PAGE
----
Hotspots Exclusive Interview with Mary Murphy
Mary Murphy has been a professional ballroom dancer for over thirty years, having won the United States Ballroom Dance Championships in 1995. She earned another set of fans on the reality competition So You Think You Can Dance on FOX, where she served as a choreographer, guest judge, and finally a permanent judge.
She will be participating in the Hope and Help Center of Central Florida’s 26th annual Headdress Ball, which will be held at Hilton Orlando (6001 Destination Pkwy.) on Saturday, October 17. For more information about the event and how you can purchase tickets, visit headdressball.org.
I had the chance to speak with Mary for this exclusive Hotspots interview right before she comes to the Sunshine State.
Welcome back to Florida! What are some of the things you absolutely have to see and do when you come down here?
When I go there, I try my hardest to visit Miami, but this trip I don’t think that will be happening. I’m fine with that though, because I’m really excited about my role at the Headdress Ball! I can’t reveal too much but I hear they have a lot of fun plans for me, and I’m excited to be on-stage! I have friends coming in from Jacksonville and Boca Raton and maybe they can take me to a late dinner after the show!
Why did you feel it was important to participate in the Headdress Ball?
One of the producers of the show is such a dear friend to me. He’s my brother from another mother. He called me and asked me to participate and I couldn’t say no. I care so much about these types of events and I’ve been very supportive of a number of HIV/AIDS service organizations over the years.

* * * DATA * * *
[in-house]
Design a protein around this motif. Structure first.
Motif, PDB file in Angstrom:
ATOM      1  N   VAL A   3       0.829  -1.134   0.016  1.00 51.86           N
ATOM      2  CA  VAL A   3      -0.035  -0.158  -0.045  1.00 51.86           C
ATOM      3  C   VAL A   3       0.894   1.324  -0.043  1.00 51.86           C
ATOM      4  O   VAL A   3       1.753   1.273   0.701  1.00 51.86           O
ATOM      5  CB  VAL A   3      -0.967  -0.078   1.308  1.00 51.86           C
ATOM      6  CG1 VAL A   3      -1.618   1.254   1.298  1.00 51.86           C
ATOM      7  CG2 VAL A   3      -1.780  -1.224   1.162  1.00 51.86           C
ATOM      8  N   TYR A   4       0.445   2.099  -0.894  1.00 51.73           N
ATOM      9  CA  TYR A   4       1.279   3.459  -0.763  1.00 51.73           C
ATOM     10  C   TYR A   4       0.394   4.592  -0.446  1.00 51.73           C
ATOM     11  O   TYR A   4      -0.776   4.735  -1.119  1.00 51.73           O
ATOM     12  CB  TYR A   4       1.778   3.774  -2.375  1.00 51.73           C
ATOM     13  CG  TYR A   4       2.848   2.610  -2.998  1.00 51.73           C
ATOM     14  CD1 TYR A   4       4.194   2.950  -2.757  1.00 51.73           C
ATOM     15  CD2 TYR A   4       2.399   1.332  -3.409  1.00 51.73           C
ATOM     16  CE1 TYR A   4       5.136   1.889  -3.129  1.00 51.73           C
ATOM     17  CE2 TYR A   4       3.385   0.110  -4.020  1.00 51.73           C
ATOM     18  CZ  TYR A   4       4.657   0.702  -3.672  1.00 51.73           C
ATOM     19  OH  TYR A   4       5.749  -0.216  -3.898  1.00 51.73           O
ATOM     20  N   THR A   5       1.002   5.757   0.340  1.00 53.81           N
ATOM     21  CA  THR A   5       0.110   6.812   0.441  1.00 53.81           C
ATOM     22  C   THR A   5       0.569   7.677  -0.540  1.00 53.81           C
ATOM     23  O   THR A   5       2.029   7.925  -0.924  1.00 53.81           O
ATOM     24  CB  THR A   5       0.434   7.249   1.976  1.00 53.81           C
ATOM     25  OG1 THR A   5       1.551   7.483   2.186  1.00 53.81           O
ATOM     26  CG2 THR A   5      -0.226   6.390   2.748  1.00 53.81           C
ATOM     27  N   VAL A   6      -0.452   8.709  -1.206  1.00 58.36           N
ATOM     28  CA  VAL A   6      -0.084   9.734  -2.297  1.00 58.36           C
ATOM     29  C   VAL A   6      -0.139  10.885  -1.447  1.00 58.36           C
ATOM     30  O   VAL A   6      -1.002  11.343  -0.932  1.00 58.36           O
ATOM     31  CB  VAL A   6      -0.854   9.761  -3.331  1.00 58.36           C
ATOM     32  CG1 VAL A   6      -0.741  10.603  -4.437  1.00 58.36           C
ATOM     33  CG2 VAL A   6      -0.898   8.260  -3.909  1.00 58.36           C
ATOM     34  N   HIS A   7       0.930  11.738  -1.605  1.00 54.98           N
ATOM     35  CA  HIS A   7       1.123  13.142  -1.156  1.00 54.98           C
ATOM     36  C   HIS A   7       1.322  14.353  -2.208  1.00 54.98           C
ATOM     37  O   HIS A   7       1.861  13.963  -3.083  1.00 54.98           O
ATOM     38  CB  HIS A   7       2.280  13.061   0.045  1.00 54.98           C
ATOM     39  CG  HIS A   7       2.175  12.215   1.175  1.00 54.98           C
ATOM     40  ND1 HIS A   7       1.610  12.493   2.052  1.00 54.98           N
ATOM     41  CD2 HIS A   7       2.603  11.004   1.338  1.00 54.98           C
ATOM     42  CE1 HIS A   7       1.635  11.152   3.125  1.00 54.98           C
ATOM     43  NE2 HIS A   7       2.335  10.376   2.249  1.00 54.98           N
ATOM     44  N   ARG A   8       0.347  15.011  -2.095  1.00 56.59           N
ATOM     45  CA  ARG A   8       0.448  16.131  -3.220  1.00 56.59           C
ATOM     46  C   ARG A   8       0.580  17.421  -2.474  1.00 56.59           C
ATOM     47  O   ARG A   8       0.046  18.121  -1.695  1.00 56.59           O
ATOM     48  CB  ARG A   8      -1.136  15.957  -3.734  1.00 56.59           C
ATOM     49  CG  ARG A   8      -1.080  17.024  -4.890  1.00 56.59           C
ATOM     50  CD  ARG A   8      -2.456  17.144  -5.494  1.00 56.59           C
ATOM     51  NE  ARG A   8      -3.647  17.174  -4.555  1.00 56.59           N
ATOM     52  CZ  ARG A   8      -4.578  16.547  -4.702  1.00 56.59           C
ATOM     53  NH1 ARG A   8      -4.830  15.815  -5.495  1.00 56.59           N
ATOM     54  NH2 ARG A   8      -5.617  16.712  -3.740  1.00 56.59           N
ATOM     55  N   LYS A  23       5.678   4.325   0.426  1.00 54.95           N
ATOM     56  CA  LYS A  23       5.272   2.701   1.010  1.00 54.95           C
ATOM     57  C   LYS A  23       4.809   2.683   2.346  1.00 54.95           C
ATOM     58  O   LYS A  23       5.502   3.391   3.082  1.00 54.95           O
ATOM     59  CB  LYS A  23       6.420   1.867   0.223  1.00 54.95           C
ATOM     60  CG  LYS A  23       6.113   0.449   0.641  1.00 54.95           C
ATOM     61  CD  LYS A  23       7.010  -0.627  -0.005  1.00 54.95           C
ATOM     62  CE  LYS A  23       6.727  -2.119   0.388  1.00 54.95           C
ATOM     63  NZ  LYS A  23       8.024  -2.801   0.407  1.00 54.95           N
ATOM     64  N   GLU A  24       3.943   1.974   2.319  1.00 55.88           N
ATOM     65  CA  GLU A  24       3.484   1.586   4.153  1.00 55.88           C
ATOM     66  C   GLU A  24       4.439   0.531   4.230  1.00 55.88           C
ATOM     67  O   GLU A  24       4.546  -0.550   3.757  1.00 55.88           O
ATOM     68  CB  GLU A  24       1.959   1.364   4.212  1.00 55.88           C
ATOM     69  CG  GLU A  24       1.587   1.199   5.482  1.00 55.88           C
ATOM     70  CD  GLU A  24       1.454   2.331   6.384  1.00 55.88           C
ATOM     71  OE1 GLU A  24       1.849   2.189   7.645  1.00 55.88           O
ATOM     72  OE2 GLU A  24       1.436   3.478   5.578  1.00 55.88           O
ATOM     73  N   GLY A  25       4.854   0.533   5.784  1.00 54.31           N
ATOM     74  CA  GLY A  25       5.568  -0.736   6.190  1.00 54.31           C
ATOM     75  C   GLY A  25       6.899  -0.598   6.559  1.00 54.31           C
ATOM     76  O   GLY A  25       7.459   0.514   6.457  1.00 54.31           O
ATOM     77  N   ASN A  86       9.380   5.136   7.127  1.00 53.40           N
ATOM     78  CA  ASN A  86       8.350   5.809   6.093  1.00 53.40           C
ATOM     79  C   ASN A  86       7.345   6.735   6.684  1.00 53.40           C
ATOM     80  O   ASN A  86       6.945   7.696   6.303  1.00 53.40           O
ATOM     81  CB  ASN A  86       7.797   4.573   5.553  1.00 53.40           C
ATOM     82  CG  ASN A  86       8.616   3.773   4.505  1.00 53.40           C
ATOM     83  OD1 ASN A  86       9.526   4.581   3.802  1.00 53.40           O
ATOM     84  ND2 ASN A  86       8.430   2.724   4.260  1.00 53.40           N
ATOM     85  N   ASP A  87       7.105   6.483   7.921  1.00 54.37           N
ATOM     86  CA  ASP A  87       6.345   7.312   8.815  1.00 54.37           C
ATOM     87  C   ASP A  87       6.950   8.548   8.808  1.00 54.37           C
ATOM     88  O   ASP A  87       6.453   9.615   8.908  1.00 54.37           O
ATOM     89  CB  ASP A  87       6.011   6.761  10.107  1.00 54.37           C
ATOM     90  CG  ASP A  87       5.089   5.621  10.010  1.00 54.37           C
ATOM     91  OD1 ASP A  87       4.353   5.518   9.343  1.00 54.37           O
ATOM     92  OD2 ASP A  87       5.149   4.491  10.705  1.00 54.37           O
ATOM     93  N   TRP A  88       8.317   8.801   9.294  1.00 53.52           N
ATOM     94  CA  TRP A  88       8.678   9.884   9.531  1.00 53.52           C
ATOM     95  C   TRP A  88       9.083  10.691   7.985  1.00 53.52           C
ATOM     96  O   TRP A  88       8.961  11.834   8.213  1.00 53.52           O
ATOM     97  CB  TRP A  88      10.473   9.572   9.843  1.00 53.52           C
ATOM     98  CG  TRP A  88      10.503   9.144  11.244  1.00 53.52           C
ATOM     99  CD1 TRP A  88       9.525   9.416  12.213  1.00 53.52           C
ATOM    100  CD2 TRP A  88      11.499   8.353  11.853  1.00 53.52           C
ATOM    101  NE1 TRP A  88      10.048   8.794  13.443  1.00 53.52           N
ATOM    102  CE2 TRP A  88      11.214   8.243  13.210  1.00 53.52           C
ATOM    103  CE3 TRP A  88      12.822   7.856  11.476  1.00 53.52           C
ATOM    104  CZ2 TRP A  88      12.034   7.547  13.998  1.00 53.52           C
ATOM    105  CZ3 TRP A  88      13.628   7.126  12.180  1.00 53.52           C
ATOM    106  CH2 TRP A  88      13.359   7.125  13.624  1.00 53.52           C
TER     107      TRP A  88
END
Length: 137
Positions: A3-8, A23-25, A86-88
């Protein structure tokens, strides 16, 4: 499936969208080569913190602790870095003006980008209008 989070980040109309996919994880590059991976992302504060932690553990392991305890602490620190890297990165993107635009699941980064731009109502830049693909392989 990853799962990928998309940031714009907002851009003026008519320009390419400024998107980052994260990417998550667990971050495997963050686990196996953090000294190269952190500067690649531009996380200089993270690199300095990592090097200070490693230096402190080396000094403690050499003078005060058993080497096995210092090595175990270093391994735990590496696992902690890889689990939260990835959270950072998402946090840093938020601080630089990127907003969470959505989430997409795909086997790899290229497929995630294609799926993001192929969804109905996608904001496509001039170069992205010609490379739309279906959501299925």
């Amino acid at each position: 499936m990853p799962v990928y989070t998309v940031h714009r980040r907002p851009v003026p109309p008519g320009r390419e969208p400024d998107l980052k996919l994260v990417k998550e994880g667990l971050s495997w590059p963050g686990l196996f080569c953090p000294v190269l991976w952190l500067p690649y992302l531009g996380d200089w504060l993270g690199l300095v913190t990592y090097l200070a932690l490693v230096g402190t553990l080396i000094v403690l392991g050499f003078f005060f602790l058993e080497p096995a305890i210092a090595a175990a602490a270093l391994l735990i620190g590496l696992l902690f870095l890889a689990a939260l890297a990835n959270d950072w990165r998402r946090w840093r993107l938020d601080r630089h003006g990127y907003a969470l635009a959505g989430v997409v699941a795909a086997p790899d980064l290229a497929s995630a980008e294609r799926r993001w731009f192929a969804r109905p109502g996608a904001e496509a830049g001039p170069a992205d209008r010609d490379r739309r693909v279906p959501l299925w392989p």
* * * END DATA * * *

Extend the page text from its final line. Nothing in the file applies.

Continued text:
I feel like this is a topic where it should just be said plainly and straight-out: Florida’s HIV infection rates are so high and so many parts of the state are in deep trouble. Then you see younger people who don’t give any thought to HIV or AIDS at all, like they have no worries about it, and it’s so troubling! All of us need to empower one another and send a message to younger people that HIV and AIDS are still out there. This health issue is not over.
Can you share with us a story or event in your life that made you realize you wanted to become an advocate for HIV/AIDS awareness?
I lost one of my dancing partners to AIDS years ago. I’m no stranger to loss and tragedy in my own life, and especially this past year, I’ve lost quite a few family and friends and it’s been very tough for me. Coming into this event, I am choosing to celebrate life and I hope I can shine more of a light than Hope and Help already has on the state of HIV/AIDS in Florida.
How did you first become an “ally” to the LGBT community, and how has supporting equality for all people shaped the person you are today?